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Standards and Guidelines - Expert Reporting Guideline - January 2009


January 2009 - Volume 11 - Number 1


Expert Reporting Guideline

Scientific Working Group on Materials Analysis (SWGMAT)

1.0. Scope

This guideline describes the information that should be included in reports that contain expert opinions concerning analyses, comparisons, associations, and other interpretations drawn from the data generated or other information gathered during a forensic evidence examination.

Information required in the report is listed in Sections 4.1 through 4.4. The additional information detailed in Section 4.5 shall be recorded in the report, attached as an appendix, or documented in the case records. This guideline is not intended to provide a specific format for writing an expert report but rather to list those items that should be included.

2.0. Referenced Documents

ASTM International. ASTM E620-04 Standard Practice for Reporting Opinions of Technical Experts. ASTM International, West Conshohocken, Pennsylvania. Available: http://www.astm.org/Standards/E620.htm.

ASTM International. ASTM E678-07 Standard Practice for Evaluation of Scientific or Technical Data. ASTM International, West Conshohocken, Pennsylvania. Available: http://www.astm.org/Standards/E678.htm.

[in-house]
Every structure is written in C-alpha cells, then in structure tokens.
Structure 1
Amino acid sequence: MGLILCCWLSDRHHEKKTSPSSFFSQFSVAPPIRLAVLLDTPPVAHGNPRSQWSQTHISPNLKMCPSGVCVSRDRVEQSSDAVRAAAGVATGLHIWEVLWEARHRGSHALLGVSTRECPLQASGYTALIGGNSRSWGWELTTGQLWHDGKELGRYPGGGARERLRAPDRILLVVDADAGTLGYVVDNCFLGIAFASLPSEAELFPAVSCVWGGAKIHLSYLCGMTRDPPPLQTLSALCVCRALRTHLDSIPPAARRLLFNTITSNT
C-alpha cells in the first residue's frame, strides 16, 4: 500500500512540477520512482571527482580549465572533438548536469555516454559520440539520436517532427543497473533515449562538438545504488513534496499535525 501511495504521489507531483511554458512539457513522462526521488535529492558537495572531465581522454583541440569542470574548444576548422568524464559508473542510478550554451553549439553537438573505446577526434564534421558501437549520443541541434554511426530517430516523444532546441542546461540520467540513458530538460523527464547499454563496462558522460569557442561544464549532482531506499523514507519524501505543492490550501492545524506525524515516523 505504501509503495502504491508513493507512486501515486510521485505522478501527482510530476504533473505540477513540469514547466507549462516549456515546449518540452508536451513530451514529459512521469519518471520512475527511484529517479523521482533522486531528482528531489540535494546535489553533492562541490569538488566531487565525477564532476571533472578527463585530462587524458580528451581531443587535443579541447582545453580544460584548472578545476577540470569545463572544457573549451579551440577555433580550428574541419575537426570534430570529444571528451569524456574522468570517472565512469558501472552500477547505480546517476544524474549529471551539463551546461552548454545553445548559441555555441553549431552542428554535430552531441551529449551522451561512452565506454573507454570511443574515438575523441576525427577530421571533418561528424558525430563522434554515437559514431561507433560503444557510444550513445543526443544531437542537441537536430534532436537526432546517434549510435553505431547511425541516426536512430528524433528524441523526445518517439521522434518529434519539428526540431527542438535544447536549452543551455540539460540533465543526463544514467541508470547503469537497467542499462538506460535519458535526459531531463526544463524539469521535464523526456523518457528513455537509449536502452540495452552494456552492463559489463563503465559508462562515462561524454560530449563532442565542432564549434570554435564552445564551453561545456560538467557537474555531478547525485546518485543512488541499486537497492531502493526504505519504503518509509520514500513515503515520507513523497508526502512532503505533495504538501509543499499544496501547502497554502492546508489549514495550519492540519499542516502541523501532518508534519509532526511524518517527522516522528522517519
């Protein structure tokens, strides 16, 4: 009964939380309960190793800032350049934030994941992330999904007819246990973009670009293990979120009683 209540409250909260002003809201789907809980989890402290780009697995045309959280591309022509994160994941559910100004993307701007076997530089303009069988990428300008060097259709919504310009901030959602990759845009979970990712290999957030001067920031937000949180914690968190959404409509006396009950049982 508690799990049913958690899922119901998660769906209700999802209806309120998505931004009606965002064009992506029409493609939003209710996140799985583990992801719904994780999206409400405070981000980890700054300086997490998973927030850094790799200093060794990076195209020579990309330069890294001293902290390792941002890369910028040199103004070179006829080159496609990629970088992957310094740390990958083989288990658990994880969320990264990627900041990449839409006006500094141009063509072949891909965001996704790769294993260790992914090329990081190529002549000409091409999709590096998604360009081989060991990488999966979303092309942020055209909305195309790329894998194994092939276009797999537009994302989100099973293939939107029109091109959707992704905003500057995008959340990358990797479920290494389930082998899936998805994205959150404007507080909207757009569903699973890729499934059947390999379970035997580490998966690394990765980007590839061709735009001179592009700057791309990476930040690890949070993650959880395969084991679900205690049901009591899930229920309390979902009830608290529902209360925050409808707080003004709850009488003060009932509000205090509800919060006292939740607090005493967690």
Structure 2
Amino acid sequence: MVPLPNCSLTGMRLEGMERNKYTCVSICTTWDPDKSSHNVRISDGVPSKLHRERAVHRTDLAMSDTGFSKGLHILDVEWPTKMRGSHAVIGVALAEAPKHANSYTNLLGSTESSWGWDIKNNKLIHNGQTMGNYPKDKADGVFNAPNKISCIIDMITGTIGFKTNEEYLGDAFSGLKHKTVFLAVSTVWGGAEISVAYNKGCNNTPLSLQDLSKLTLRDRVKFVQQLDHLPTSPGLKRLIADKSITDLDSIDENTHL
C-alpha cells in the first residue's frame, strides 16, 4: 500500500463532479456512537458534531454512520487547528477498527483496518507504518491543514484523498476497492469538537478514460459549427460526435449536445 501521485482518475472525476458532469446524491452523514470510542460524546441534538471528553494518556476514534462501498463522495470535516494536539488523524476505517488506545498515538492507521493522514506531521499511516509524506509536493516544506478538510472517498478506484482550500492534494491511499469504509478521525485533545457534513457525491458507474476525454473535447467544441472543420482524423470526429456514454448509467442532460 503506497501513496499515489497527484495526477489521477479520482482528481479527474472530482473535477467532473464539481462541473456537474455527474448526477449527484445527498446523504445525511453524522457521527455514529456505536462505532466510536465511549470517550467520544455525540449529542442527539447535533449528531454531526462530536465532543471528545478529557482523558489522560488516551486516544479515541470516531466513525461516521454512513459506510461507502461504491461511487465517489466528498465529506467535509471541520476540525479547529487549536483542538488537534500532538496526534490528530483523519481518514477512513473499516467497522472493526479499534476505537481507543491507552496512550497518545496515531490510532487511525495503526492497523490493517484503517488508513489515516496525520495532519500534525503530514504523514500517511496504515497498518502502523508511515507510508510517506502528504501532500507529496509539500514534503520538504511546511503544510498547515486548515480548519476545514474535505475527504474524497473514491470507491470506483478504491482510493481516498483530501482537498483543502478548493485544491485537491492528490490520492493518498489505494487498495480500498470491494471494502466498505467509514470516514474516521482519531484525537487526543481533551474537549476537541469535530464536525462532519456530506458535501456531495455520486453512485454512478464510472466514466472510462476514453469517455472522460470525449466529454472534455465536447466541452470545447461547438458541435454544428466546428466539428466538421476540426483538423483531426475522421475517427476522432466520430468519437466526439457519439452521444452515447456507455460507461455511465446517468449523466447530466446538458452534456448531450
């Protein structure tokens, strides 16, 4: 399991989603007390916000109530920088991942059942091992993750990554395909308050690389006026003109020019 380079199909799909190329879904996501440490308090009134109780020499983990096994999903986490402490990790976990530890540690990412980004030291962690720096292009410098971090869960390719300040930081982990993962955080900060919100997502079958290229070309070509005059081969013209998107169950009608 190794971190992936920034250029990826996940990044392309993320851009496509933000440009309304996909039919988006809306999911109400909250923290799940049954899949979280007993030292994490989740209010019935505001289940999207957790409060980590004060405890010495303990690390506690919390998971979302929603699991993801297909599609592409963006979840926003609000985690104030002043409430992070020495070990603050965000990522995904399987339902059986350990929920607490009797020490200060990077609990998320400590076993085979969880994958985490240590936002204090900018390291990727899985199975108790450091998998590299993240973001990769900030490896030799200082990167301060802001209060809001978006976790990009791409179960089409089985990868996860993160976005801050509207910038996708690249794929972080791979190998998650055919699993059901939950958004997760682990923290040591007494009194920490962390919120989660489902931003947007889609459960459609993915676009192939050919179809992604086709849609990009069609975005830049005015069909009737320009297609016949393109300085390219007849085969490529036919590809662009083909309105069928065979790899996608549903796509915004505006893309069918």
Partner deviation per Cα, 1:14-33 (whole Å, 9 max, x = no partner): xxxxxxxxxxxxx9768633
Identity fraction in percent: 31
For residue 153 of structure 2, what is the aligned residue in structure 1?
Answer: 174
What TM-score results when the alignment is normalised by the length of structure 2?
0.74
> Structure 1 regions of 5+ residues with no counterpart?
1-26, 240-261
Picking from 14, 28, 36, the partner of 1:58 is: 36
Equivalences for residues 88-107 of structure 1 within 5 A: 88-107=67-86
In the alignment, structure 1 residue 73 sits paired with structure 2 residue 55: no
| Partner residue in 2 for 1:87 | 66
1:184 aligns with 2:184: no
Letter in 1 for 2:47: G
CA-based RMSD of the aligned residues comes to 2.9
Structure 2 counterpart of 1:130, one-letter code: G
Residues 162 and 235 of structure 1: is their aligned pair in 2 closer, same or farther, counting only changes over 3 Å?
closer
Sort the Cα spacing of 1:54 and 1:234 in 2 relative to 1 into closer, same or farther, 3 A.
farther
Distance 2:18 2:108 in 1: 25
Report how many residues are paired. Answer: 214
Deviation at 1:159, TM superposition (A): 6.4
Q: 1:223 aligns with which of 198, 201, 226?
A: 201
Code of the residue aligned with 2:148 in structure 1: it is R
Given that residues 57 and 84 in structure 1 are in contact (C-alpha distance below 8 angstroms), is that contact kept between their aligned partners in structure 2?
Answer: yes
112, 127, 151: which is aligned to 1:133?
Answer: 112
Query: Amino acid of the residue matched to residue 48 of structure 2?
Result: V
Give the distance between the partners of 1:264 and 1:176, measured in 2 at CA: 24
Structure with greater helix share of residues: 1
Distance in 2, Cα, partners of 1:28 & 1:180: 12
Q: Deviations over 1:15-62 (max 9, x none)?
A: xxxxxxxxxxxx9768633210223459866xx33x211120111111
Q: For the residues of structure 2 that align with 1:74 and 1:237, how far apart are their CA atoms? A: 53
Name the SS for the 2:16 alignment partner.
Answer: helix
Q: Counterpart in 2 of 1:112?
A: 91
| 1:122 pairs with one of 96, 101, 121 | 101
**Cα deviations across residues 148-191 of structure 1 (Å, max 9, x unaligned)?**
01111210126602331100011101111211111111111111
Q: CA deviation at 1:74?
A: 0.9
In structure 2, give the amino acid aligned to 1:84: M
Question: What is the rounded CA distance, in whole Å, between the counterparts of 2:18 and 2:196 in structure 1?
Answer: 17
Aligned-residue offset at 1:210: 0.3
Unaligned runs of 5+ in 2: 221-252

ASTM International. ASTM E860-07 Standard Practice for Examining and Testing Items That Are or May Become Involved in Litigation. ASTM International, West Conshohocken, Pennsylvania. Available: http://www.astm.org/Standards/E860.htm.

ASTM International. ASTM E1020-96(2006) Standard Practice for Reporting Incidents That May Involve Criminal or Civil Litigation. ASTM International, West Conshohocken, Pennsylvania. Available: http://www.astm.org/Standards/E1020.htm.

ASTM International. ASTM E1188-05 Standard Practice for Collection and Preservation of Information and Physical Items by a Technical Investigator. ASTM International, West Conshohocken, Pennsylvania. Available: http://www.astm.org/Standards/E1188.htm.

International Organization for Standardization/International Electrotechnical Commission (ISO/IEC). ISO/IEC 17025:2005 General Requirements for the Competence of Testing and Calibration Laboratories. ISO/IEC, Geneva, Switzerland. Available: http://www.iso.org/iso/Catalogue_detail?csnumber=39883.

International Laboratory Accreditation Cooperation (ILAC). ILAC-G19:2002 Guidelines for Forensic Science Laboratories. ILAC, Rhodes, Australia. 

American Society of Crime Laboratory Directors/Laboratory Accreditation Board (ASCLD/LAB). ASCLD/LAB-International 6.001.SR.2004-rev.0 Supplemental Requirements for the Accreditation of Forensic Science Testing and Calibration Laboratories. ASCLD/LAB, Garner, North Carolina.

SWGMAT Trace Evidence Quality Assurance Guidelines, January 1999 Revision, Forensic Science Communications [Online]. (January 2000). 

3.0. Terminology

Client (Customer):
Intermediate or ultimate user of the information generated from the examination.

Data: All qualitative and quantitative information, whether documentary, physical, observed, measured, or collected.

Oral Report: Verbal communication supplying information pertaining to samples collected, the analysis performed, data generated, information gathered, conclusion(s) drawn, and opinion(s) rendered concerning the examination.

Significant Data: Data that are relevant, material, reliable, accurate, and probative to the facts at issue or the question(s) raised.